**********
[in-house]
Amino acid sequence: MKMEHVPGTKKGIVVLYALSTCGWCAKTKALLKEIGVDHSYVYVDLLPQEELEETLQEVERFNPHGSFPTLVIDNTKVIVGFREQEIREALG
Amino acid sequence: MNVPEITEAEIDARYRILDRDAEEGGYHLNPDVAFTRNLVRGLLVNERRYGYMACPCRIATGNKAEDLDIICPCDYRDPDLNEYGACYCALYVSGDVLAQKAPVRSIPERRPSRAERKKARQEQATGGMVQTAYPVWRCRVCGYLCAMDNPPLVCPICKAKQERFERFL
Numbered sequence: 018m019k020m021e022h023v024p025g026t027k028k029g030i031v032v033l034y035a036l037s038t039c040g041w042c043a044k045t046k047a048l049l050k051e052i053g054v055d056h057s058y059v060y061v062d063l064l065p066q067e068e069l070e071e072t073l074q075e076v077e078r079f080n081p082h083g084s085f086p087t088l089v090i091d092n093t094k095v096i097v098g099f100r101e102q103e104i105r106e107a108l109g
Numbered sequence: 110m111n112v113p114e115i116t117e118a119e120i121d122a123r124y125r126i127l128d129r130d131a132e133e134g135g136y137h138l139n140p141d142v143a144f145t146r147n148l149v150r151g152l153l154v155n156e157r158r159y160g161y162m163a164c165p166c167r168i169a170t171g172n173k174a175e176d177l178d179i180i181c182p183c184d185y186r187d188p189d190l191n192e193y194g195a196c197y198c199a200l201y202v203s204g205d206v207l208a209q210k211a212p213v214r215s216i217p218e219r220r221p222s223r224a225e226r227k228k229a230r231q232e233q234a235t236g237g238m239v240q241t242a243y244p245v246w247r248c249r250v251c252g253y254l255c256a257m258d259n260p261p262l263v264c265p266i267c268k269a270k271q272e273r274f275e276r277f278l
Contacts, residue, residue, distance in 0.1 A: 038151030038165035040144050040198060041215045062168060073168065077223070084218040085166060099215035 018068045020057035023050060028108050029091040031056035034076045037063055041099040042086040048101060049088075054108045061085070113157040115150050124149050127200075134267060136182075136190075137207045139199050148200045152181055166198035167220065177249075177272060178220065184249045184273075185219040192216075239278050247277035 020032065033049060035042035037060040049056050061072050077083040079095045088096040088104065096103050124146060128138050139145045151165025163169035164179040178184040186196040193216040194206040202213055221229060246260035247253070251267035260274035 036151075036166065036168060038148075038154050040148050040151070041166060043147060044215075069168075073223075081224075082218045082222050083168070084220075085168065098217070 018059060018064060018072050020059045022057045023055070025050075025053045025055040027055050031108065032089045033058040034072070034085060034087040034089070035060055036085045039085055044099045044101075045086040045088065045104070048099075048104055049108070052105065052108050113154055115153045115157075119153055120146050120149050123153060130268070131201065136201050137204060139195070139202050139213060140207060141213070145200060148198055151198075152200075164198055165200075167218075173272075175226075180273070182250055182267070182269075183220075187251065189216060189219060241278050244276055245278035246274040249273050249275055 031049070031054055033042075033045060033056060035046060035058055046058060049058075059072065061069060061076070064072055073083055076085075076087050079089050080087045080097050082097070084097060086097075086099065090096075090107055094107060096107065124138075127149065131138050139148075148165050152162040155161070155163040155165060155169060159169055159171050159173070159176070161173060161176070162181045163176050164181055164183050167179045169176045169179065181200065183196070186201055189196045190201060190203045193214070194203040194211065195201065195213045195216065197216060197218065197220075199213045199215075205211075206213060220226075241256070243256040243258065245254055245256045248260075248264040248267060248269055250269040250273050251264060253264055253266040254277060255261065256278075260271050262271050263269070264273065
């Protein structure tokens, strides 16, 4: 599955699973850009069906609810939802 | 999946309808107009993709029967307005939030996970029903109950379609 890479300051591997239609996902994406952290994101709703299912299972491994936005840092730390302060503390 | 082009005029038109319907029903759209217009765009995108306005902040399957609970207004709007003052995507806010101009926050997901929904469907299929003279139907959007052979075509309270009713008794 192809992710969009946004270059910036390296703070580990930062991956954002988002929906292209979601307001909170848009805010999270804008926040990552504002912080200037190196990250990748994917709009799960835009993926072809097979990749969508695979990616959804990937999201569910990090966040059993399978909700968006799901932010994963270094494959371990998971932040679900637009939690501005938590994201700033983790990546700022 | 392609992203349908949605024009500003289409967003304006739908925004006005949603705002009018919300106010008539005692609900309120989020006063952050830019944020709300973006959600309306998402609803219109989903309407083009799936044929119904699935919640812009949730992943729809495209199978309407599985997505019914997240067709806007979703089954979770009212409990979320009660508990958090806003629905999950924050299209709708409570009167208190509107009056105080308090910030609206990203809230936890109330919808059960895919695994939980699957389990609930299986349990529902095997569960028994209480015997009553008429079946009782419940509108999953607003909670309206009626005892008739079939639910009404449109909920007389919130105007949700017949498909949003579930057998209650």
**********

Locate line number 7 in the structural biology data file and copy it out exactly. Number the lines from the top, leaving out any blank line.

């Protein structure tokens, strides 16, 4: 599955699973850009069906609810939802 | 999946309808107009993709029967307005939030996970029903109950379609 890479300051591997239609996902994406952290994101709703299912299972491994936005840092730390302060503390 | 082009005029038109319907029903759209217009765009995108306005902040399957609970207004709007003052995507806010101009926050997901929904469907299929003279139907959007052979075509309270009713008794 192809992710969009946004270059910036390296703070580990930062991956954002988002929906292209979601307001909170848009805010999270804008926040990552504002912080200037190196990250990748994917709009799960835009993926072809097979990749969508695979990616959804990937999201569910990090966040059993399978909700968006799901932010994963270094494959371990998971932040679900637009939690501005938590994201700033983790990546700022 | 392609992203349908949605024009500003289409967003304006739908925004006005949603705002009018919300106010008539005692609900309120989020006063952050830019944020709300973006959600309306998402609803219109989903309407083009799936044929119904699935919640812009949730992943729809495209199978309407599985997505019914997240067709806007979703089954979770009212409990979320009660508990958090806003629905999950924050299209709708409570009167208190509107009056105080308090910030609206990203809230936890109330919808059960895919695994939980699957389990609930299986349990529902095997569960028994209480015997009553008429079946009782419940509108999953607003909670309206009626005892008739079939639910009404449109909920007389919130105007949700017949498909949003579930057998209650």